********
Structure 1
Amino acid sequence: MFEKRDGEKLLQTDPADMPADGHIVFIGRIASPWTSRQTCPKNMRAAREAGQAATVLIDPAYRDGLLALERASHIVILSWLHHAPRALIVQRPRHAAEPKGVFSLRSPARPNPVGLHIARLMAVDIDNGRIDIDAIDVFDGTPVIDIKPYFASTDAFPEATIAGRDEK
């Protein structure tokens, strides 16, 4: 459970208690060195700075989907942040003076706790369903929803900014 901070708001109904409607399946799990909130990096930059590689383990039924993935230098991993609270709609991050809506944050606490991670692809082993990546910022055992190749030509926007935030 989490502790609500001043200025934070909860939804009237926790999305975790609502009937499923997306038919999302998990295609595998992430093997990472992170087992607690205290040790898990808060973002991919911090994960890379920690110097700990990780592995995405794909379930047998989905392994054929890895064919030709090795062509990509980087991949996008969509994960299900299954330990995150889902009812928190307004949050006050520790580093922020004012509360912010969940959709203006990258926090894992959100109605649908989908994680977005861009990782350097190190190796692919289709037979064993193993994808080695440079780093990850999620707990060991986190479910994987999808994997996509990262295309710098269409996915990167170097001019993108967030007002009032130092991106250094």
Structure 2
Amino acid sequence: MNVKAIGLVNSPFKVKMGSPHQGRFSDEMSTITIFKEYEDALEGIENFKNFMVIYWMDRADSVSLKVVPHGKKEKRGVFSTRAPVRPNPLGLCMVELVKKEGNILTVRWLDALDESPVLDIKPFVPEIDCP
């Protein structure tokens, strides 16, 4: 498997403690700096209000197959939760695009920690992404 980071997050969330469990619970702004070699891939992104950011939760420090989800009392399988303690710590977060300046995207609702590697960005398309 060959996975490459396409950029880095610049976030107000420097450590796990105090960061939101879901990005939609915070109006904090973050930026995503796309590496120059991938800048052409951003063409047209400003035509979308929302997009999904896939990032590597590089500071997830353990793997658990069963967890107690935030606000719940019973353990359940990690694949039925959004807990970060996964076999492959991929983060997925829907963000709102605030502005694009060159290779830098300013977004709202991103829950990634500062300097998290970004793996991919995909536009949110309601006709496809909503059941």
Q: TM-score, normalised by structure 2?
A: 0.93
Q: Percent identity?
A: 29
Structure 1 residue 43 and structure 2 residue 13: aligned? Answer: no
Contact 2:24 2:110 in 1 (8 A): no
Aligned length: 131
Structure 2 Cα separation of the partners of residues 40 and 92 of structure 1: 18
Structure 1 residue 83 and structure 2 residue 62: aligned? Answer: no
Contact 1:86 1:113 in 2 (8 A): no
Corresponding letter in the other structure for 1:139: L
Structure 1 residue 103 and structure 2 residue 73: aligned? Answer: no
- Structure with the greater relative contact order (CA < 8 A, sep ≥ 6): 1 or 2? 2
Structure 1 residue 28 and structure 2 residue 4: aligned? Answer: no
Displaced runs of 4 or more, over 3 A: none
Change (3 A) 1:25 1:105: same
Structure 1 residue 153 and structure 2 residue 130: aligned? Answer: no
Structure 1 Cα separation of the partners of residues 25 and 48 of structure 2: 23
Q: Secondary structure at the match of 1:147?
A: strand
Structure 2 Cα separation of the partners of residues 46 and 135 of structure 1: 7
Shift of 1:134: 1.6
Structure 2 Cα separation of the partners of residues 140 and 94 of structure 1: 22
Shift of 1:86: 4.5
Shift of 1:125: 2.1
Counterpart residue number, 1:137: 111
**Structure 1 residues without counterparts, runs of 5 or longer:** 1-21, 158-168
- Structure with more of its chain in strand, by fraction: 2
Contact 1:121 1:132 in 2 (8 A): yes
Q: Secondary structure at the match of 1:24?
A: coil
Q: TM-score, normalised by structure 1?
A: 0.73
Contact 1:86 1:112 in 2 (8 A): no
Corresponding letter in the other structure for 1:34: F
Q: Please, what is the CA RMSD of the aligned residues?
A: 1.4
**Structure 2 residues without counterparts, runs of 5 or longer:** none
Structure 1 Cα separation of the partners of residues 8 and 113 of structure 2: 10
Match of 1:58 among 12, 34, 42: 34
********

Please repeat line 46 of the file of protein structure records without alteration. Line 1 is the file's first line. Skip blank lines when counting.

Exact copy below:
Match of 1:58 among 12, 34, 42: 34